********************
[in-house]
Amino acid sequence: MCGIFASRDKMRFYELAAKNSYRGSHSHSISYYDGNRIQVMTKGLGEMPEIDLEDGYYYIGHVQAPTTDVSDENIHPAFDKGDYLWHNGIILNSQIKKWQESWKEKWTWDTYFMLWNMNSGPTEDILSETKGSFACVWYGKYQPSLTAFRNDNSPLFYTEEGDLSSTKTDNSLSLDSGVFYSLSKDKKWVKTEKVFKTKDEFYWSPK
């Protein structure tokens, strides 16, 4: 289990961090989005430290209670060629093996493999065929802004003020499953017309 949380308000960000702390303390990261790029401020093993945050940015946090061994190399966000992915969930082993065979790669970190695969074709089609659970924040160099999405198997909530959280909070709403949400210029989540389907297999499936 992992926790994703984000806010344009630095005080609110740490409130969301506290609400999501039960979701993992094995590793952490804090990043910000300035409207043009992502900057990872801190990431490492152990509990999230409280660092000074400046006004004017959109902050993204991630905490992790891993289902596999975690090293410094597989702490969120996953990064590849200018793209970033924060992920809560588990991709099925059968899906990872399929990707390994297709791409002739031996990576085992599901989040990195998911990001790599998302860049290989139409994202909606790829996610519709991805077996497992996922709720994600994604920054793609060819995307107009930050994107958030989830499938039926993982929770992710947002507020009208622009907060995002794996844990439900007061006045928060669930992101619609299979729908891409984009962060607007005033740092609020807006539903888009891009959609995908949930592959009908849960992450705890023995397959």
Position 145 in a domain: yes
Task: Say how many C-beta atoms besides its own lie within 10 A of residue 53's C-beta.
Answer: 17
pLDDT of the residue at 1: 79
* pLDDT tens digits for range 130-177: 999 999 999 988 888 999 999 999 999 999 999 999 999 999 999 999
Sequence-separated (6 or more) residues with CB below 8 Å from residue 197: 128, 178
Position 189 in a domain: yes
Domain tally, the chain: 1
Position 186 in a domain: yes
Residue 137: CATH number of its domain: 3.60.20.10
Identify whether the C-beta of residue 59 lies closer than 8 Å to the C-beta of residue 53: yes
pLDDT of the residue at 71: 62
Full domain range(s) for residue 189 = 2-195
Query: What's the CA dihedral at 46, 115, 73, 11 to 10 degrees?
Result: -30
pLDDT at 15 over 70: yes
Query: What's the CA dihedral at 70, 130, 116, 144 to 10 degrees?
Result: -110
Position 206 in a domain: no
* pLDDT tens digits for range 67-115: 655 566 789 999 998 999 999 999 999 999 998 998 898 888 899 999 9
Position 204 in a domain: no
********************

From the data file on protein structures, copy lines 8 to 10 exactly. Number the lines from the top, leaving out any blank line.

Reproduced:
* pLDDT tens digits for range 130-177: 999 999 999 988 888 999 999 999 999 999 999 999 999 999 999 999
Sequence-separated (6 or more) residues with CB below 8 Å from residue 197: 128, 178
Position 189 in a domain: yes